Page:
Methods: This presentation will present mixed methods findings (descriptive statistics, content analysis) of child welfare workers’ responses to a statewide Internet survey (n=331 child protective investigators; n=612 case managers). Surveys were developed by a team of child welfare administrators, child welfare workers, and university researchers.
Results: Overall, 25% of child protective investigation staff had not previously heard of the GAP, but nearly all case managers were familiar with the GAP. Among those who had heard of the GAP, 43% of investigators and 46% of case managers reported not getting trained on the GAP. Strengths of the GAP noted by workers included provision of benefits to the caregiver/child (e.g., financial assistance, access to services), process/policy strengths (e.g., availability of licensing waivers to allow greater flexibility in placing children with kin), availability of a licensing option specific to kin, training for the caregivers, feeling that the caregivers are strong advocates for the children, and efficient and empathetic communication between the staff and caregivers. Common weaknesses included process issues (e.g., how information was disseminated to workers), concerns about the adequacy of the caregiver benefits, training issues for caregivers (e.g., lack of access to a computer or Internet), insufficient investigator and worker training, communication issues between caregivers and workers and between staff members, concerns the evaluation was too early in the implementation of the program, and the challenge of determining whether closing to permanent guardianship was better than adoption.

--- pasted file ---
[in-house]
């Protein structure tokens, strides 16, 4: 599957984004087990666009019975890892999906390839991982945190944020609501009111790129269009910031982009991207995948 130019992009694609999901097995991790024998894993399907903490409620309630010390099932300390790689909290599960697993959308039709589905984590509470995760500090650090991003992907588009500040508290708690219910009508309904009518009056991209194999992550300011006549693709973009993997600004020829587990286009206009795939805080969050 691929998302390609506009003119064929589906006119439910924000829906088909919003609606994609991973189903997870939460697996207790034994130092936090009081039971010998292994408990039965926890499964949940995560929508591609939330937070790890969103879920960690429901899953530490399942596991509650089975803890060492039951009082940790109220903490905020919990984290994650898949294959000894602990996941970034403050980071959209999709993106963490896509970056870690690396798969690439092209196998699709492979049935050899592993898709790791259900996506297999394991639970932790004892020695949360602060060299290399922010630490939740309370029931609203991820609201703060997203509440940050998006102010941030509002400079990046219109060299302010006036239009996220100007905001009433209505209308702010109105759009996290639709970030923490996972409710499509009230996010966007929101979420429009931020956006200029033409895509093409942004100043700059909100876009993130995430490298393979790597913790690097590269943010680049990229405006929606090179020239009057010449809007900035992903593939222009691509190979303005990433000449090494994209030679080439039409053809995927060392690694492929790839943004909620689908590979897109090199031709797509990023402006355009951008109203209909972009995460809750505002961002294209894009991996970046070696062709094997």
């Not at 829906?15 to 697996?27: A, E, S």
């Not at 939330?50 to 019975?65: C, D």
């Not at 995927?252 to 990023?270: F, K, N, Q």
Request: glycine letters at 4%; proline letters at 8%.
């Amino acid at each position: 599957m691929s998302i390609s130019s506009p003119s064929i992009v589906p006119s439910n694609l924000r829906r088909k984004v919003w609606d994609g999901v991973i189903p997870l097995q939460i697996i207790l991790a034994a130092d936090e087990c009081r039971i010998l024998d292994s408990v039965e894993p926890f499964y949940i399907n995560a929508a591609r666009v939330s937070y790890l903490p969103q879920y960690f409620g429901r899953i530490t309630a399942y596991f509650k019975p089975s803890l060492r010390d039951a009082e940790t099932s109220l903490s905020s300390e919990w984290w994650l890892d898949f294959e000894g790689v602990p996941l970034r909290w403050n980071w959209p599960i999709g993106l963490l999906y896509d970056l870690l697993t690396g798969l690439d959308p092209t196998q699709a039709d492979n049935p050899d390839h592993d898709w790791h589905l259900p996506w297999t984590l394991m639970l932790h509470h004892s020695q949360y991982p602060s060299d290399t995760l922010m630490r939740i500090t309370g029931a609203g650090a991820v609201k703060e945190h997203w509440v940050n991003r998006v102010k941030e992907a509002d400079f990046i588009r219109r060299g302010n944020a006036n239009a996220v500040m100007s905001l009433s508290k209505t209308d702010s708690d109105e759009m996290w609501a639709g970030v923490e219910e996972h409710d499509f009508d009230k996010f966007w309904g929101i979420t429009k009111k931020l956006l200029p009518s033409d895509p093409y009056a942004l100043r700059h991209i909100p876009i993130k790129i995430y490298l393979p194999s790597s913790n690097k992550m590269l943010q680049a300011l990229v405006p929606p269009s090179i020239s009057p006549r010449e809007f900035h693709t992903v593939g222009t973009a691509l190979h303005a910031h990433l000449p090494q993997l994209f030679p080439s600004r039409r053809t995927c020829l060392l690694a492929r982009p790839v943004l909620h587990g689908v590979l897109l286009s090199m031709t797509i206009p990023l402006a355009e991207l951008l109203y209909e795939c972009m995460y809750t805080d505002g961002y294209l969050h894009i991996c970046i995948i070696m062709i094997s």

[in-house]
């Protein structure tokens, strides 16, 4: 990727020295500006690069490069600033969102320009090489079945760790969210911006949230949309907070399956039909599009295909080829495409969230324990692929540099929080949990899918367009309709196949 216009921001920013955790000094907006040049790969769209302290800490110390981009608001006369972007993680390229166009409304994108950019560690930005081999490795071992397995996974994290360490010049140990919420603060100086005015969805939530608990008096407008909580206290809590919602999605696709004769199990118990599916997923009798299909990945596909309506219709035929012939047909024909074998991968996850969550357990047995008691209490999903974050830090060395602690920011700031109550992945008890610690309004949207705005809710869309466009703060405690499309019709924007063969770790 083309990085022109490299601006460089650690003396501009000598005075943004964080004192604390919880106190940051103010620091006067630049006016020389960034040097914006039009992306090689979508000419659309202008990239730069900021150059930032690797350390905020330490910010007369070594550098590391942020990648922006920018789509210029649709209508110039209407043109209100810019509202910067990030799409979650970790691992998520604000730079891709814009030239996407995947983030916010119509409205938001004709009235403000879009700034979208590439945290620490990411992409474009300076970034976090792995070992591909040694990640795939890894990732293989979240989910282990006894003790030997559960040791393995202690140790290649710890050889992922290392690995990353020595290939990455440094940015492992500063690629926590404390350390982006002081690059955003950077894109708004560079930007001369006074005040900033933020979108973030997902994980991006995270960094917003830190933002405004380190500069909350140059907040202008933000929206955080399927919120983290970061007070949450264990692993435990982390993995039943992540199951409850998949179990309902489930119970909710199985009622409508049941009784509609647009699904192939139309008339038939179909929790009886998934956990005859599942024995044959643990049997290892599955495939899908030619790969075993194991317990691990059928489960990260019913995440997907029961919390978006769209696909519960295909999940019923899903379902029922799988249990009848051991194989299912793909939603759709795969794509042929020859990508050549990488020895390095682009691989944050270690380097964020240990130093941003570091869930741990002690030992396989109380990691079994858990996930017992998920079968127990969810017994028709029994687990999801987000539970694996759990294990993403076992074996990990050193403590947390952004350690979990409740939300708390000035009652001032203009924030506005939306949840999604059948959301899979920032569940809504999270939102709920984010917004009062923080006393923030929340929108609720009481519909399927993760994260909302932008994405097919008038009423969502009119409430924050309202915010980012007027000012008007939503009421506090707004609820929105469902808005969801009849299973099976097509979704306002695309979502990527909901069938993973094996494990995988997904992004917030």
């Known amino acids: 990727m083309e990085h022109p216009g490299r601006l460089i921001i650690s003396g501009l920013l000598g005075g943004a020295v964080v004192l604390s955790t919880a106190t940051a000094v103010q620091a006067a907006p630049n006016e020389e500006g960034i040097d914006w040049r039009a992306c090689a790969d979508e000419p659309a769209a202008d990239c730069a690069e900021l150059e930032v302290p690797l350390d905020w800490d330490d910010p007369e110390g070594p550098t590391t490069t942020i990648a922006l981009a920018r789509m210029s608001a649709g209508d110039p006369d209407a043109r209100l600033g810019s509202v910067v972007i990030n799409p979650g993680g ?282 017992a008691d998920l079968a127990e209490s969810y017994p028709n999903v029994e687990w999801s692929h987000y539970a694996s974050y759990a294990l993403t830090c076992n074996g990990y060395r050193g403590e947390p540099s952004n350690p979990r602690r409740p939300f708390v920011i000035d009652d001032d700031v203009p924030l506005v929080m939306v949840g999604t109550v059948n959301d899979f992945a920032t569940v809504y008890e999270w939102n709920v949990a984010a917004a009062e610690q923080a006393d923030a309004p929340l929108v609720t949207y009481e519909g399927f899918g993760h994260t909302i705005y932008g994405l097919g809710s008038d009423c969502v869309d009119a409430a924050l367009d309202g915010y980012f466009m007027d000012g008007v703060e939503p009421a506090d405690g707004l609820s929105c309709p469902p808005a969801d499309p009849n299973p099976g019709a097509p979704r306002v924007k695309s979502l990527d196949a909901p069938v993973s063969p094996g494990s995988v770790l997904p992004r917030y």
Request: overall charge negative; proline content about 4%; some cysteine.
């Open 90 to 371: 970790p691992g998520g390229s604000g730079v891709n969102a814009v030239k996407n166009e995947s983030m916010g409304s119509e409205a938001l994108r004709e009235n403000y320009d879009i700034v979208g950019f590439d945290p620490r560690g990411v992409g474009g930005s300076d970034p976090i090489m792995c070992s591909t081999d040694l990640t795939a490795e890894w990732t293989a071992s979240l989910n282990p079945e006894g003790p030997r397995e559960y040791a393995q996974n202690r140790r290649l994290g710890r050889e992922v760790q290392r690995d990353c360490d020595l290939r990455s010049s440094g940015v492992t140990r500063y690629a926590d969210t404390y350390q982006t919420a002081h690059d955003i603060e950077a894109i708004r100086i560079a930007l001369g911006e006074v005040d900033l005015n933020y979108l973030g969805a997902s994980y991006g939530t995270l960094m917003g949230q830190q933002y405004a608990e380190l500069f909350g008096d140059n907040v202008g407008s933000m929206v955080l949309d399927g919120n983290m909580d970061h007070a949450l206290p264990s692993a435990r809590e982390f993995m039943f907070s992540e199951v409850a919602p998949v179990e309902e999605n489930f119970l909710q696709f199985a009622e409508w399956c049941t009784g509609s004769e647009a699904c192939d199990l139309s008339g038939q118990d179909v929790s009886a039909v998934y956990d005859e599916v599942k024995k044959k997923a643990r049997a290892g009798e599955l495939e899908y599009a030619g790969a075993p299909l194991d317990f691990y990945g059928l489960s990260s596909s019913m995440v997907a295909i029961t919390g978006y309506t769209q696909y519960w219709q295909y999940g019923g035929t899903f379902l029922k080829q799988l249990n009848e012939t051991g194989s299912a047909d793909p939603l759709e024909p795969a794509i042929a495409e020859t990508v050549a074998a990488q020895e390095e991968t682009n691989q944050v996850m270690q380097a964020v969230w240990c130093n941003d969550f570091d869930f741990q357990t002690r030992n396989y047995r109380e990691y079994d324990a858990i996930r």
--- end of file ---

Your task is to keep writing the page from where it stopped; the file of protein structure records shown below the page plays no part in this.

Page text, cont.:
Conclusions/Implications: The findings highlight benefits of the program for kinship families, as well as a disconnect between policy and practice. The lack of statewide guidelines on the GAP and insufficient training for workers could hinders staff collaboration, resulting in permanency delays for children and sometimes the inability to close cases to permanent guardianship under the GAP. These challenges could lead to workers making decisions that could not only increase the risk of liability for the community-based care agency and the state but more concerningly, negatively influence children’s’ well-being. Policy and practice recommendations will be discussed highlighting the need for early communication among child welfare administrators and workers; formalized and accessible training for workers; and early dissemination of physical and informational resources by workers to families who are navigating decisions around permanent guardianship.